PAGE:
Flour - An open discussion about aging and enriching flour.
One of our forum members asked a question about aging home-milled flour on another thread. I had read several articles on milling your own grain. The concensus was that the home-milled flour should be used as soon as possible, preferably within a day or so. The same reasons were given in every case - the oils in the the germ of the grain start to turn rancid quickly, and the nutrients start to deteriorate quickly. From the way that the question about aging flour was presented I assumed that it referred to store-bought flour. That made me curious. Why should flour need to be aged? When and where did this belief come from?
I found the basis for her question very quickly, or at least I believe that I did. The answer was given in the book "The Bread Tray" by Louis P. DeGouy published in 1944. "NEW FLOUR New flour is freshly milled flour from recently harvested wheat. Such flour is unstable and presents difficulties in bread making until it matures. This is due to the fact that the proteins of the wheat must undergo certain changes before they combine to form a satisfactory gluten. A warm, dry storage is the best means of aging the flour and developing the gluten qualities. Under good storage conditions new flour may be considered as sufficiently aged for use after a period of one month. If new flour must be used before it is aged, it is best to mix it with an equal quantity of flour that has been on hand for some time. If no aged flour is available, good bread may be made with new flour by giving a rapid fermentation at a slightly higher temperature than that ordinarily used, making a stiff dough, and using a larger quantity of yeast and salt." Here I saw something of historical importance immediately. This was written during World War II at a time when wheat production had been expanded tremendously. That meant that much of the available flour on the store shelves was probably very "new" and fresh which may have produced some baking problems. Also, there may have been some wheat planted that was better than others - accordingly, the opposite must have been true too. Some wheat and its resulting flour was produced that was "not-so-good", especially for home baking purposes. War profiteers are not uncommon so it is highly probable that some flours at that time contained "other-than-wheat" products also. All of this provides a legitimate foundation for the question that was posed about whether or not to age flour.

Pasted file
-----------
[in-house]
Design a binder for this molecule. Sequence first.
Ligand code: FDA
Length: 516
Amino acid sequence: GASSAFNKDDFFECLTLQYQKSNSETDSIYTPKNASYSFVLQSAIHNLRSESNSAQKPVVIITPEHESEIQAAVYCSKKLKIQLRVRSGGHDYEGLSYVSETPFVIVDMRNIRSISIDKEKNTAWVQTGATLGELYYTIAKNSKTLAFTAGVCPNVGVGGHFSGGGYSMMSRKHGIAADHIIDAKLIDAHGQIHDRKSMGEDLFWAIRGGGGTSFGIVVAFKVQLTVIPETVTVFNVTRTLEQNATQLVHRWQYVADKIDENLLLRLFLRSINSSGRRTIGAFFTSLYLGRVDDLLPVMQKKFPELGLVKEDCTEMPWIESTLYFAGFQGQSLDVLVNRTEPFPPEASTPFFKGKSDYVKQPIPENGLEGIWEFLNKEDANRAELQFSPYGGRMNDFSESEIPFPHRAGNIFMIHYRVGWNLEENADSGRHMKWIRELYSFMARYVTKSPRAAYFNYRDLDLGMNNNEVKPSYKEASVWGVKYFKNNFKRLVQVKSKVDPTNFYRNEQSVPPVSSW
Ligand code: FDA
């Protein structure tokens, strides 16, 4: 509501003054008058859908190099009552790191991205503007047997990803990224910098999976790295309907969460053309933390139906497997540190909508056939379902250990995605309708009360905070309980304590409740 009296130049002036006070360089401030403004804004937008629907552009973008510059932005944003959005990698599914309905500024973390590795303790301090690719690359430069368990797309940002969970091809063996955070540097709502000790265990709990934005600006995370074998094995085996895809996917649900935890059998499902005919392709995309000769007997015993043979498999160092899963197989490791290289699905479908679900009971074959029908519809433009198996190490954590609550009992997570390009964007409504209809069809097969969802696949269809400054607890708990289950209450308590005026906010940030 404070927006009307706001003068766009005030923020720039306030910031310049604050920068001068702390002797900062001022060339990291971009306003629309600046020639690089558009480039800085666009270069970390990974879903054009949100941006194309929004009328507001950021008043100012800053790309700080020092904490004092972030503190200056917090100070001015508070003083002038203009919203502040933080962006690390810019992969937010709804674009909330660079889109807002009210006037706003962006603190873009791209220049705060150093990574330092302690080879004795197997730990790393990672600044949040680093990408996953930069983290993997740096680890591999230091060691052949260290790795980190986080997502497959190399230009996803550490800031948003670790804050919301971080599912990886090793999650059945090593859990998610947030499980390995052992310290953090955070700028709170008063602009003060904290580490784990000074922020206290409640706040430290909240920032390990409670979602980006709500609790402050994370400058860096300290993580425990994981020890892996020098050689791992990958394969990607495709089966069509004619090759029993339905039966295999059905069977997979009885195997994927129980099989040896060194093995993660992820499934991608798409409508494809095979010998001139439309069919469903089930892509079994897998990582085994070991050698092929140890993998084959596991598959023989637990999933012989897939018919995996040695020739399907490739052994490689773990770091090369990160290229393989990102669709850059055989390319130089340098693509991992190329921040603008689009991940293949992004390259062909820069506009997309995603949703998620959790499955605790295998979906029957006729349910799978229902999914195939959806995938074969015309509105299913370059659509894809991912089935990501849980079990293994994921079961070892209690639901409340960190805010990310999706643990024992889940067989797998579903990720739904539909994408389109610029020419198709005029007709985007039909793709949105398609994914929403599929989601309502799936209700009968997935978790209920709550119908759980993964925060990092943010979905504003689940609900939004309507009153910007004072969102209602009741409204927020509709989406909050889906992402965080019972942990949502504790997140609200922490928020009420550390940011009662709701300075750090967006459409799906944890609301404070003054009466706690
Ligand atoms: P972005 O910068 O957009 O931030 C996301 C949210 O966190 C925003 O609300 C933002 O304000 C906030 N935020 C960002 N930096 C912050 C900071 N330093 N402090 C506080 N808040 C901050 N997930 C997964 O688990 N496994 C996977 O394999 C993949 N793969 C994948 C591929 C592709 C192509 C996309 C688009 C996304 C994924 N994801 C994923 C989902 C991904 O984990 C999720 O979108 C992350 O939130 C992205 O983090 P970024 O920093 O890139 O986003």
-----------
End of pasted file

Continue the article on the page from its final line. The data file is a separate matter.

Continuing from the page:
Concerns about the nutritional content/value of "modern" milled flour in which grain was selectively processed so as to use predominantly the endosperm and not the bran (seed coat) and germ prompted Dr. Clive McKay of Cornell University to come up with a "home remedy": "To make one cup of flour, combine one tablespoon of nonfat dry milk solids, one tablespoon of soy flour, one teaspoon of wheat germ. Fill the balance of the cup with unbleached white flour." I found this in "Bread Winners" by Mel London published by the Rodale Press in 1979. It also had a recommendation by someone else, "Another suggested formula: Add one-quarter cup wheat germ to one and three-quarter cups of unbleached white flour." From the same book comes the following, "For many of us, of course, totally eliminating the white flour, while keeping a light and airy texture, becomes the goal. In the April 1978 edition of Organic Gardening and Farming magazine, Kathy Woeltjen of Crestline, California, suggested a method for just such a result. 'Separate one egg. Beat the white until stiff and fold it into a small amount of the whole grain flour called for in the recipe before adding the rest. Mix the yolk with oil and salt (if used) and add it to the flour and egg white mixture.' "
Of course for those of us who mill our own grain we don't have to be concerned about all of the preceeding as we mill our flour on a demand basis - when we need it we grind it. It's comforting to know that we can still do some things better on our own :-)